The feeling is familiar to Gale: a singular focus on only what's necessary to secure the minimum for survival. When his father died, he barely even mourned because he was so preoccupied with his mother giving birth to a screaming, hungry infant and with having to take care of his two brothers who were so scared and defenseless they might as well have been confused little kittens. The month's worth of 'compensation' awarded to their family was an insult. His mother thought so, too, which is why she was looking for work so soon after delivering Posy. Gale was out in the woods within the same week, setting up snares his father had taught him and willing as many animals as possible to die at his hands.

He's doing the same thing now. Willing animals to die. Big ones, preferably, because their meat goes further, but small ones are welcome to expire before him as well. He's got hundreds and hundreds of hungry people and virtually no hope of feeding all of them, but he keeps going. Mostly out of habit.

His only acknowledgment of the horror of the past night is to deliberately keep his back to the still-smoking remains of District 12. He's not thinking about all the harrowing, progressively more disturbing trips back into the district through the night to rescue the injured, the trapped, and the almost-dead. That final, gruesome sweep once daylight returned to be sure they hadn't missed anyone—surely just injured slightly or trapped under some of the rubble from collapsed buildings (the mayor's house) or hiding in the safety of the Victor's Village homes (no luck)—had nearly destroyed him. He kept ending up back at her house to overturn just one more hunk of charred, ash-covered debris, and finally one of the miners who specialized in tunnel rescues had to pull him away, citing pointlessness and the instability of the wreckage. Gale may have punched the guy, but he doesn't really remember through the blur of swirling ash and smoke and arms dragging him and voices yelling at him to stop—

Not thinking about it. He'll think about all that later when he can't help it. Maybe. Right now he has to teach these people how to skin a rabbit and show the next group how to empty and re-set a twitch-up snare.


He'll never admit it, but he faints when they tell him on the hovercraft to 13 that Katniss isn't actually dead. Only for a second and he didn't actually fall, it was more like he leaned against the wall briefly. But fine, yes, his vision blurred temporarily. That's bound to happen when you don't eat anything for three days straight after surviving the annihilation of your home at the government's hands.

Katniss isn't dead, but she's a disaster. Damaged. They all are, every single person who was dragged or dragged themselves out of 12 past all the burning bodies, flaming buildings, and splintered wreckage. Katniss is damaged differently—betrayed, used without permission, missing something (someone) vital to her… But she'll survive. He'll make sure of it. That's what they do, he and Katniss: survive. And keep their families alive. It's been their joint mission for years.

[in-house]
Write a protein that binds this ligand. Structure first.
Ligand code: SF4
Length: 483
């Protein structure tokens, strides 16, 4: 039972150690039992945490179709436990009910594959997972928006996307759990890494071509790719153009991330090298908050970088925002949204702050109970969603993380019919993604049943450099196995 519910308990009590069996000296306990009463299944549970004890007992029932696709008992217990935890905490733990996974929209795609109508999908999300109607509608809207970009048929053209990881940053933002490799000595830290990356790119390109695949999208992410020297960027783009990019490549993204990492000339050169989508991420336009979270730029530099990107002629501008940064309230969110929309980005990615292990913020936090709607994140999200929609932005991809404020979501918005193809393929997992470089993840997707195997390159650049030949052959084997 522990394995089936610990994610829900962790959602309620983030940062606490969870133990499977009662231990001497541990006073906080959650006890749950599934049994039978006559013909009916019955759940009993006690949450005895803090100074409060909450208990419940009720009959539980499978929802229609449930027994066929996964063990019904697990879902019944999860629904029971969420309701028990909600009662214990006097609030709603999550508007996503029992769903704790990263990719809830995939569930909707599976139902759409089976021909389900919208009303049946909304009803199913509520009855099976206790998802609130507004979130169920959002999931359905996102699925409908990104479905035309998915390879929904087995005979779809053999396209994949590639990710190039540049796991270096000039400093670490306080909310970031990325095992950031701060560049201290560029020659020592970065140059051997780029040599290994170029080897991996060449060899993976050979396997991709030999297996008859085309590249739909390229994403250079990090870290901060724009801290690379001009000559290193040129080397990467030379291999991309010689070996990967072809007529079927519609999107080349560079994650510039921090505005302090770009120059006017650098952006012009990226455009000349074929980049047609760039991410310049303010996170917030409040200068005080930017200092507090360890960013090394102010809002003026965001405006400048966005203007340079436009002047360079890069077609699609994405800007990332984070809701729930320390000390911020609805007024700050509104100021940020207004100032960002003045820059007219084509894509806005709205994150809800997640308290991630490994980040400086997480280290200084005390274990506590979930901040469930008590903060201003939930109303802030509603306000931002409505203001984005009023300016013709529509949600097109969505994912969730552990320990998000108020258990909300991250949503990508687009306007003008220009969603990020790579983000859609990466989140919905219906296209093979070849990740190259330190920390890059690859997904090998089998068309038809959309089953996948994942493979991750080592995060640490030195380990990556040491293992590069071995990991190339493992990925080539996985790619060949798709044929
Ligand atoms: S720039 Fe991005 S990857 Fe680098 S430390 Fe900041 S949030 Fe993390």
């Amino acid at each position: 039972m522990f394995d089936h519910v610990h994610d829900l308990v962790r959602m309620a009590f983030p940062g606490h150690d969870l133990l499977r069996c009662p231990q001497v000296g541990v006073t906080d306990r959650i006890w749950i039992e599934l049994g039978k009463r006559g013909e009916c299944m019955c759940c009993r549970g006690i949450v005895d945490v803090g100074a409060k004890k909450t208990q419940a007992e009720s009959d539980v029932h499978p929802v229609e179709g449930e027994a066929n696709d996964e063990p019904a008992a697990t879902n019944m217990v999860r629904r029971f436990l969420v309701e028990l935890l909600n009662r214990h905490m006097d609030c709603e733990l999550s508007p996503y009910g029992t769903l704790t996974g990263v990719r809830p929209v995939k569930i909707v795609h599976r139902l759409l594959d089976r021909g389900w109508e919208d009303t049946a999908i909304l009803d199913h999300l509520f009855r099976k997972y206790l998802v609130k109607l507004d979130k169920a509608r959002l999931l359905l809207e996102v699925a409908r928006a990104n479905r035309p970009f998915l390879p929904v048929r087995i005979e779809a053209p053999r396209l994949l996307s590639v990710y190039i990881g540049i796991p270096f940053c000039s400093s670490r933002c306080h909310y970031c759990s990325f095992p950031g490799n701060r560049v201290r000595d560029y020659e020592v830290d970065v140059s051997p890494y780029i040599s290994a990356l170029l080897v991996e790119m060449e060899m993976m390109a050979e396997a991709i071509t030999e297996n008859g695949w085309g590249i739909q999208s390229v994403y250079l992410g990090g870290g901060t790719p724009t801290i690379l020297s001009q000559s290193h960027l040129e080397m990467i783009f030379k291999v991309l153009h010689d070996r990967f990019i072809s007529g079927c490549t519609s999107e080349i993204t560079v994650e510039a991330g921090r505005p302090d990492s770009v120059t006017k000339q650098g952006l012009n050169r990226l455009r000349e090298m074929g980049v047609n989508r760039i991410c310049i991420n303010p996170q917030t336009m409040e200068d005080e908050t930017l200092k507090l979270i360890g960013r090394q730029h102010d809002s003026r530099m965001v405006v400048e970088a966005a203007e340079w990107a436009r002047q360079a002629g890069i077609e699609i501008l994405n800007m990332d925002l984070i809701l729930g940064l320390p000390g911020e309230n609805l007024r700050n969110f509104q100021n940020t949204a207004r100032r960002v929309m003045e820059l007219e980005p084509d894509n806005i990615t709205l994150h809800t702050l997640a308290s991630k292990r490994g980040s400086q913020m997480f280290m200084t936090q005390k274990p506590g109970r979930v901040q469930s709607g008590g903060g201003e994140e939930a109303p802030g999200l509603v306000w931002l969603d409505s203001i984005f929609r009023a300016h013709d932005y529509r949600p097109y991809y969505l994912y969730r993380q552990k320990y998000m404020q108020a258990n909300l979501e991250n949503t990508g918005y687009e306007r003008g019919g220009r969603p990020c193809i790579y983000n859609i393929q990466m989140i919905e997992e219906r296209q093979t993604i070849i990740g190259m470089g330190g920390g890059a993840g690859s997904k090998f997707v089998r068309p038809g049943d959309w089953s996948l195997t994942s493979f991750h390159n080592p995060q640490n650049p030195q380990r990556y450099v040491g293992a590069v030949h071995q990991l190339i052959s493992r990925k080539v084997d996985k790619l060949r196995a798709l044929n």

Mission accomplished, Catnip, he thinks ruefully as he sits in the medical bay of the hovercraft, waiting for her to emerge from her drug-induced sleep. He's never felt like more of a failure in his life and suspects Katniss can relate.

One thing he knows for sure is that now that their families are safe, they have a new mission: overthrowing and destroying the Capitol. And he's done failing.


There are so few fair-haired people in 13, and so few town inhabitants from 12 who escaped, that whenever he sees a blond head, he can't help himself from hoping for just a microsecond it's her, that she reached 13 some other way… Even though he knows better. Prim breaks his heart on a regular basis until he programs himself to remember she always wears a braid and is much shorter.

Once he gets his family moved into their compartment in 13 and actually starts to believe that they really are going to be fed regularly (for nothing!), the images and thoughts he's been suppressing start dislodging from the corners of his mind. Sometimes they sneak up on him like ghosts softly tapping his shoulder, but usually they knock him over with a club…

That feeling of dread that grew steadily heavier as other people from town—but not her—started arriving at the fence. The panic of not being able to go back and look for her once the firebombing spread to the Seam, igniting entire blocks and burning people alive as they screamed for him and the others to get the fence down faster. The frantic dash to the lake to outrun the fires that had spread to the trees outside the fence. Backtracking as soon as humanly possible, making a thousand horrible choices along the way to not help the struggling, limping, mutilated people in between him and her house.

Mutely absorbing the horrible image of the top half of her house missing, the rest barely visible through the red and yellow flames and black smoke. Ignoring the fierce heat as he ran into the yard, yelling for her even though she could have been anywhere in the district because he stupidly let her run around when there were bombs falling from the sky instead of keeping her with him.